|Books #16-18, and Edgeworth
||[Apr. 29th, 2010|06:35 pm]
#16: Lost in a Good Book by Jasper Fforde
Holy crap, more Thursday Next. This is a direct sequel to The Eyre Affair, and from what I can tell it launches us bodily into the meat of the series (or so I'm guessing, not having read them yet). Last year's review of the first book in the series still holds true, but I still have to gush a little. Witty prose in a fantastic world, thrilling action and sharp literary references... basically this book is everything I could have hoped for. And by the end, we've got enough new pieces in place that I can tell this series isn't getting stale any time soon.
#17: Five Fists of Science by Matt Fraction
Contrariwise, here's another book that I'd been seeking for quite some time, but it didn't quite live up to my heightened expectations. The idea of Tesla and Twain teaming up to fight crime and bring peace to the world sounded awesome, and while Tesla and Twain are both written pitch-perfectly - and some of the supporting characters feel pretty solid too - the story feels nearly incoherent. I get the overall arc of it, but it just feels like it was a story that wanted to be much larger than a single trade paperback comic volume - there's a lot that's sort of crammed in edgewise without a lot of explanation.
#18: Casino Royale by Ian Fleming
The first Bond novel - and a novel from the 1001 books list. I was a little dubious after the dated mess that was Live and Let Die, but the setting and tone of Casino Royale hold together a lot better. I'm a sucker for a good casino story - there's something about the atmosphere and cachet of those places that just pulls me in - but the idea of MI6 sending Bond to gamble millions of francs on what amounts to a betting game around a coin flip still strikes me as a flimsy justification for the story. Oh, well; I still enjoyed it.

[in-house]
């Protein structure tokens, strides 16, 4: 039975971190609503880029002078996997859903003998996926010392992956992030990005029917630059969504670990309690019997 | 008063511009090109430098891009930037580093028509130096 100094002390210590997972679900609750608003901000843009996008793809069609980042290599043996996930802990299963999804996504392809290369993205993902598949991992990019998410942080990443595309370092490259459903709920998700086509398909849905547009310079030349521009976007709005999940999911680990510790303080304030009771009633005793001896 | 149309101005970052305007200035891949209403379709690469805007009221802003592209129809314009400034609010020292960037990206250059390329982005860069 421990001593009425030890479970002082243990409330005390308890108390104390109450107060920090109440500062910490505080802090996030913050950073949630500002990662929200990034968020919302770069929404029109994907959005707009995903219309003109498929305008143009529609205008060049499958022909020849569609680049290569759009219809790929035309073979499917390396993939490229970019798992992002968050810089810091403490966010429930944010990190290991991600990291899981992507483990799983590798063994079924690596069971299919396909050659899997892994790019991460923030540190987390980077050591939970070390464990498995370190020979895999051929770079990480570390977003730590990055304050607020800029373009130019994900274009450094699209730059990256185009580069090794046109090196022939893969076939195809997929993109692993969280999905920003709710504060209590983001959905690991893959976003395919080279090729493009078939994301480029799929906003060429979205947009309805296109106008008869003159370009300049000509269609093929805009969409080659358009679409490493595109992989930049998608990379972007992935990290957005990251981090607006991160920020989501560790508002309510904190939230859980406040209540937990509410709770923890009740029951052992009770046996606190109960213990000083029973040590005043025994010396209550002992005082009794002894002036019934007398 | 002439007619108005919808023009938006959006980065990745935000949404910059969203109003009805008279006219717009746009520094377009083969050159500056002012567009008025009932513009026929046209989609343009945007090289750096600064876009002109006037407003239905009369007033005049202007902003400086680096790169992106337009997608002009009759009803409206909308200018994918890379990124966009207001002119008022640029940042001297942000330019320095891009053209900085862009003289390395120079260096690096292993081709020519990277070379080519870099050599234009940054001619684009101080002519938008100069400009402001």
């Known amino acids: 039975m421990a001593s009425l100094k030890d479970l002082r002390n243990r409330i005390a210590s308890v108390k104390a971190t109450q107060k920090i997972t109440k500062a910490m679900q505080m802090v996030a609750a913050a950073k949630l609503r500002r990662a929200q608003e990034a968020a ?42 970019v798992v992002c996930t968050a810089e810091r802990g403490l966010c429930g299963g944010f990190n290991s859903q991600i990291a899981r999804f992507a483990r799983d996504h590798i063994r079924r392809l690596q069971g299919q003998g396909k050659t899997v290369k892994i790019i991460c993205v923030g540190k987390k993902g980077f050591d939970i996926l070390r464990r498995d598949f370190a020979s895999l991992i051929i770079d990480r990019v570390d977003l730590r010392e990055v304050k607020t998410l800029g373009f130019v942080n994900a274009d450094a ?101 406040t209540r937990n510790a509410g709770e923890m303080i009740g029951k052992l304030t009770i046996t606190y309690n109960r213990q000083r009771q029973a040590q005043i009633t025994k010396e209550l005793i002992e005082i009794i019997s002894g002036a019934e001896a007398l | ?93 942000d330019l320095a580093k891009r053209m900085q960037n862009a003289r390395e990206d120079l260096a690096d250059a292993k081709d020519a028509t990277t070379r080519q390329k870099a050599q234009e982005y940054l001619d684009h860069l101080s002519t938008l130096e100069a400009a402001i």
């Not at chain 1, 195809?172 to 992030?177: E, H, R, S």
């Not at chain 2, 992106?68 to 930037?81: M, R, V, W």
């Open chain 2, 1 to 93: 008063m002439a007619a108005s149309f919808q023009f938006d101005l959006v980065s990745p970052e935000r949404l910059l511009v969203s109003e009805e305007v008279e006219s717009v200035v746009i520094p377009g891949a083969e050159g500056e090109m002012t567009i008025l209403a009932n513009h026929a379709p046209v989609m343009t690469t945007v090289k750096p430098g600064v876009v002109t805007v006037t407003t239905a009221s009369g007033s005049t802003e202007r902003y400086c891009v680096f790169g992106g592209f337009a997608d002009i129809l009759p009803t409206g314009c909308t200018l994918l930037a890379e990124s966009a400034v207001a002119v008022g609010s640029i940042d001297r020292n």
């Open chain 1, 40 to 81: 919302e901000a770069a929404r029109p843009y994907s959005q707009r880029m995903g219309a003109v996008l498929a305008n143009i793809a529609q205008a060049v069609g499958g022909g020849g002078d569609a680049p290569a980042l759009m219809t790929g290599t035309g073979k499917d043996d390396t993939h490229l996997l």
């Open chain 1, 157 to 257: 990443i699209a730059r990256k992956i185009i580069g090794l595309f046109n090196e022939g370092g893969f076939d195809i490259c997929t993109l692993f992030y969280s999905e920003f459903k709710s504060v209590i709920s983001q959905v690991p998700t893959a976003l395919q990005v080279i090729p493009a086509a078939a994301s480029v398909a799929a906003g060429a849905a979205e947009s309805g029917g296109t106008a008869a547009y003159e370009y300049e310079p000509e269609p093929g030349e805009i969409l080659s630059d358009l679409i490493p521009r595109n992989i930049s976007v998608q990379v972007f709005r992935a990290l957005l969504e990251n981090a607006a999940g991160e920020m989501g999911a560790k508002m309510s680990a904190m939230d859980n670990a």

I haven't been getting a lot of reading done in the last week or so, consumed as I have been with the Edgeworth game, but the massive arc of Case 5 is coming to a close, and I should have my nose back in a book early next week at the latest. But while I'm in a reviewing state of mind... I've always enjoyed the Phoenix Wright series, but their translators really need to get better at coming up with names. I realize it's a tricky part of translating, but names like "Cohdopia" and "Babahl" feels like they're just slapping a bunch of random letters together.